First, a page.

Hampden, February 16, 1788
The following essay was penned anonymously by “Hampden,” and it appeared in The Pittsburgh Gazette on February 16, 1788.
…. It may be freely granted, that from a mistaken zeal in favor of that political liberty which was so recently purchased at so costly a rate, even good men may give it [the constitution] unreasonable opposition; but such men cannot be reasonably charged with sordid personal interest as their motive — because it is great and sudden changes which produces opportunities of preferment. But that class of men — who either prompted by their own ambition or desperate fortunes, are expecting employments under the proposed plan; or those weak and ardent men who always expect to be gainers by revolutions, and who are never contented, but always hastening from one difficulty to another — may be expected to ascribe every excellence to the proposed system, and to urge a thousand reasons for our real or supposed distresses, to induce our adopting thereof. Such characters may also be expected to promise us such extravagantly flattering advantages to arise from it, as if it was accompanied with such miraculous divine energy as divided the Red Sea, and spoke with thunder on Mount Sinai. . . .
The first clause o the constitution assures us, that the legislative powers shall be vested in a Congress, which shall consist of a senate and house of representatives; and in the second clause of the second article, it is declared that the president, by and with the consent of the senate, is to make treaties. Here the supreme executive magistrate is officially connected with the highest branch of the legislature. And in article sixth, clause second, we find that all treaties made, or which shall be made, under the authority of the United States, shall be the supreme law of the land, and the judges in every state shall be bound thereby, anything in the constitution or laws of any state to the contrary notwithstanding. When we consider the extent of treaties — that in filing the tariff of trade, the imposts and port duties generally are or may be fixed by a large construction which interested rulers are never at a less to give to any constitutional power — treaties may be extended to almost every legislative object of the general government. Who is it that does not know, that by treaties in Europe the succession and constitution of many sovereign states, has been regulated. The partition treaty, and the war of the grand alliance, respecting the government of Spain, are well remembered; nor is it long since three neighboring powers established a nobleman of that nation upon the throne and regulated and altered the fundamental laws of that country, as well as divided the territory thereof, and all this was done by treaty. And from this power of making treaties, the house of representatives, which has the best chance of possessing virtue, and public confidence, is entirely excluded. Indeed, I see nothing to hinder the president and senate, at a convenient crisis, to declare themselves hereditary and supreme, and the lower house altogether useless, and to abolish what shadow of the state constitutions remain by this power alone; and as the president and senate have all that influence which arises from the creating and appointing o all offices and officers, who can doubt but at a proper occasion they will succeed in such an attempt? And who can doubt but that men will arise who will attempt it? Will the doing so be a more flagrant breach of trust, or a greater degree of violence and perfidy, than has already been practiced in order to introduce the proposed plan? . . . Of the same kind, and full as inconsistent and dangerous, is the first clause of the second article, compared with the second clause of the second section. We first find the president fully and absolutely vested with the executive power, and presently we find the most important and most influential portion of the executive power — e.g., the appointment of all officers — vested in the senate, with whom the president only acts as a nominating member. It is on this account that I have said above, that the greatest degree of virtue may be expected in the house of representatives; for if any considerable part of the executive power be joined with the legislature, it will as surely corrupt that branch with which it is combined, as poison will the human body. Therefore, though the small house of representatives will consist of the natural aristocracy of the country, as well as the senate, yet not being dangerously combined with the executive branch, it has not such certain influential inducements to corruption. . .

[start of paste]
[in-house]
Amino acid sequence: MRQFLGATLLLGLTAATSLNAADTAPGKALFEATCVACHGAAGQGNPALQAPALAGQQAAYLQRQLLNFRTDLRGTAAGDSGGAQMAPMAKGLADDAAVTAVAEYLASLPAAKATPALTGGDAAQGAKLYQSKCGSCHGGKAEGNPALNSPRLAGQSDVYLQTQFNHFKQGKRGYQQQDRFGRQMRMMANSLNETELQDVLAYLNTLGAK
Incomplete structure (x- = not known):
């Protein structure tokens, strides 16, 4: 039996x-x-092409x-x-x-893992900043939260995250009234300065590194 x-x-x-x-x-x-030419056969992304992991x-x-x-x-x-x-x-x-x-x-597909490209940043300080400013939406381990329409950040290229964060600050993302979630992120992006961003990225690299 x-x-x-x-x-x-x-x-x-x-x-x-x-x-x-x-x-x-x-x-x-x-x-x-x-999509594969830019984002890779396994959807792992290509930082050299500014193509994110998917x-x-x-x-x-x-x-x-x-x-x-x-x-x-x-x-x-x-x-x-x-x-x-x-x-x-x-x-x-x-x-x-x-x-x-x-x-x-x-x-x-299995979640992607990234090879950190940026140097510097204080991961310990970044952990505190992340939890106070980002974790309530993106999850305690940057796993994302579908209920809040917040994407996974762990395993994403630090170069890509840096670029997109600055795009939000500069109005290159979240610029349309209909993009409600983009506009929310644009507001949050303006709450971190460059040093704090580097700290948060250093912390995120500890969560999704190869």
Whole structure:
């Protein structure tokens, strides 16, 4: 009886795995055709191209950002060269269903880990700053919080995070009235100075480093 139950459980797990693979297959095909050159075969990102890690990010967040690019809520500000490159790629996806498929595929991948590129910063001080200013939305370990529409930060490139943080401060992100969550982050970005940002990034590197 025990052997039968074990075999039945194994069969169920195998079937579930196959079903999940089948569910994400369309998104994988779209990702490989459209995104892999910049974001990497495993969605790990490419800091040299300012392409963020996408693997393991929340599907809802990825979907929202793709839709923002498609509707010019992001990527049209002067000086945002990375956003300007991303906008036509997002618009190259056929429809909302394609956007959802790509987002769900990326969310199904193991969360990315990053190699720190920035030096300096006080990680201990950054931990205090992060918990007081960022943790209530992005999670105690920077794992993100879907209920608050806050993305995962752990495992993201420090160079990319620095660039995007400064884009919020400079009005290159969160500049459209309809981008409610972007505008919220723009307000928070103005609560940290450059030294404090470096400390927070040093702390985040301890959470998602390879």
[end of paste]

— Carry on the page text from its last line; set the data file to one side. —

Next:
It will be asked, no doubt, who is this that dares so boldly to arraign the conduct and censure the production of a convention composed of so chosen a band of patriots? To this I answer, that I am a freeman, and it is the character of freemen to examine and judge for themselves. They know that implicit faith respecting politics is the handmaid to slavery; and that the greatness of those names who frame a government, cannot sanctify its faults, nor prevent the evils that result from its imperfections. . . .
With respect to the majority, I do not doubt the testimony of a dignified supporter of the system, that they were all, or nearly all, eminent lawyers; but I do doubt the patriotism and political virtue of several of the most eminently active of them. But it is not with the men, but with the plan to which they gave birth, we have to contend, and to contend with such a degree of moderation and firmness, as will best promote political security, shall be the endeavor of
Format, font, and spelling modernizations of this edition of the Anti-Federalist Papers Copyright 2011 Steve Farrell. The copyright for the original Anti-Federalist Papers is in the Public Domain.